The link between occupational stress and work-related accidents remains a much under-researched area. This chapter reviews the existing evidence. There are two major ways in which occupational stress affects work accidents: direct effects on workers’ behaviour and indirect effects, mediated by employee health and well-being. Table 5.1 overviews the relationships between stress and accident involvement.
As previously suggested in Chapter 3, empirical studies have supported a mediation role for safety climate (workers’ perceptions of the work environment), linking organisational factors to workers’ behaviours (Neal et al. 2000; Griffin et al. 2002; Zohar 2002a; Barling et al. 2002). This represents one pathway by which organisational factors influence accidents, via the safety climate.
Neal et al. (2000) examined the effects of organisational climate on safety performance in an Australian hospital; they found a significant relationship mediated by safety climate. Organisational climate was measured in terms of employees’ perceptions of different aspects of their work environment (appraisal and recognition, goal congruency, role clarity, supportive leadership, participative decision-making, professional growth, professional interaction) and safety climate in terms of employees’ perceptions of management values, communication, training, and safety systems. The results suggest that the influence of general organisational climate is completely mediated by safety climate, as organisational climate did not contribute to performance, once the effects of safety climate had been partialled out.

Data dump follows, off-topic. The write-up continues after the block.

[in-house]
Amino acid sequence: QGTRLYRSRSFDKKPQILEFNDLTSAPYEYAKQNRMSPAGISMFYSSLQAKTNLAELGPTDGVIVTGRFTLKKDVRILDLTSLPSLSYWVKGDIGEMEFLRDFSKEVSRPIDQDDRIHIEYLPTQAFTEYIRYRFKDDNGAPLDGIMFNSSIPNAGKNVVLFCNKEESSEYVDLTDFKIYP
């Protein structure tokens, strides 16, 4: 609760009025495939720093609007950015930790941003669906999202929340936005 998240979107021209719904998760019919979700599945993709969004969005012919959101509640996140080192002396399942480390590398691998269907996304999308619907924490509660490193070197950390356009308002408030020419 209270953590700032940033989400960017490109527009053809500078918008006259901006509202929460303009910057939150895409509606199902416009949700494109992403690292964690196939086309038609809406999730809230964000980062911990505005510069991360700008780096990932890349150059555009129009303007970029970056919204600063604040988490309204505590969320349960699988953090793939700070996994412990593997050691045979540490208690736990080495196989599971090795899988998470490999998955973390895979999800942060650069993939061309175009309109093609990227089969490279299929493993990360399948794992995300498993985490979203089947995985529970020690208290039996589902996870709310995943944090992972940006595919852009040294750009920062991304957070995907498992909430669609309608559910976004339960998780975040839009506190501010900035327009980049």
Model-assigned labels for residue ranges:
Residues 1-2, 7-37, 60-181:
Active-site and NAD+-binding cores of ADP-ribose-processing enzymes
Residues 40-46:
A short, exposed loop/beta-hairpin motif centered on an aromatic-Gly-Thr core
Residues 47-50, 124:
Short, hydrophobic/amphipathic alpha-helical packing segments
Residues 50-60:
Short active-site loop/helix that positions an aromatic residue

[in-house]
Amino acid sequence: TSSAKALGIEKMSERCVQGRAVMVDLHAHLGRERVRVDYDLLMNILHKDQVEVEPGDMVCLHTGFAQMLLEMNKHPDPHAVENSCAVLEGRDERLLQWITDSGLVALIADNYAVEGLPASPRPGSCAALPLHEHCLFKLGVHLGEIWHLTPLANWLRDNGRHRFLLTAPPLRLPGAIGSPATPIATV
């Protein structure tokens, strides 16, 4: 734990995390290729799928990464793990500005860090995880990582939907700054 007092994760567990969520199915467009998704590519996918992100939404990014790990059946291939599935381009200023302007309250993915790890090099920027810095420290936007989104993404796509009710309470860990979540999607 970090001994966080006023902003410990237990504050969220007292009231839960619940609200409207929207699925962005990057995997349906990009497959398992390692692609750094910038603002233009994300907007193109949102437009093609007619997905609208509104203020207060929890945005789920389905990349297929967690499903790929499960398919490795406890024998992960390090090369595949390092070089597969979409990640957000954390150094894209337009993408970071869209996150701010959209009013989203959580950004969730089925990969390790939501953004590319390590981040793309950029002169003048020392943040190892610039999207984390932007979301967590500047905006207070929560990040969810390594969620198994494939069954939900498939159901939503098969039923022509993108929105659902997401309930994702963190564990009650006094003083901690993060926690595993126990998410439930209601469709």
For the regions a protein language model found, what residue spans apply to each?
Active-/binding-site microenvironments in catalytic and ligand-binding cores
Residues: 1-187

A number of studies have found that aspects of leadership style are related to safety performance, mediated by safety climate. Zohar (2002a) found that leadership dimensions were significantly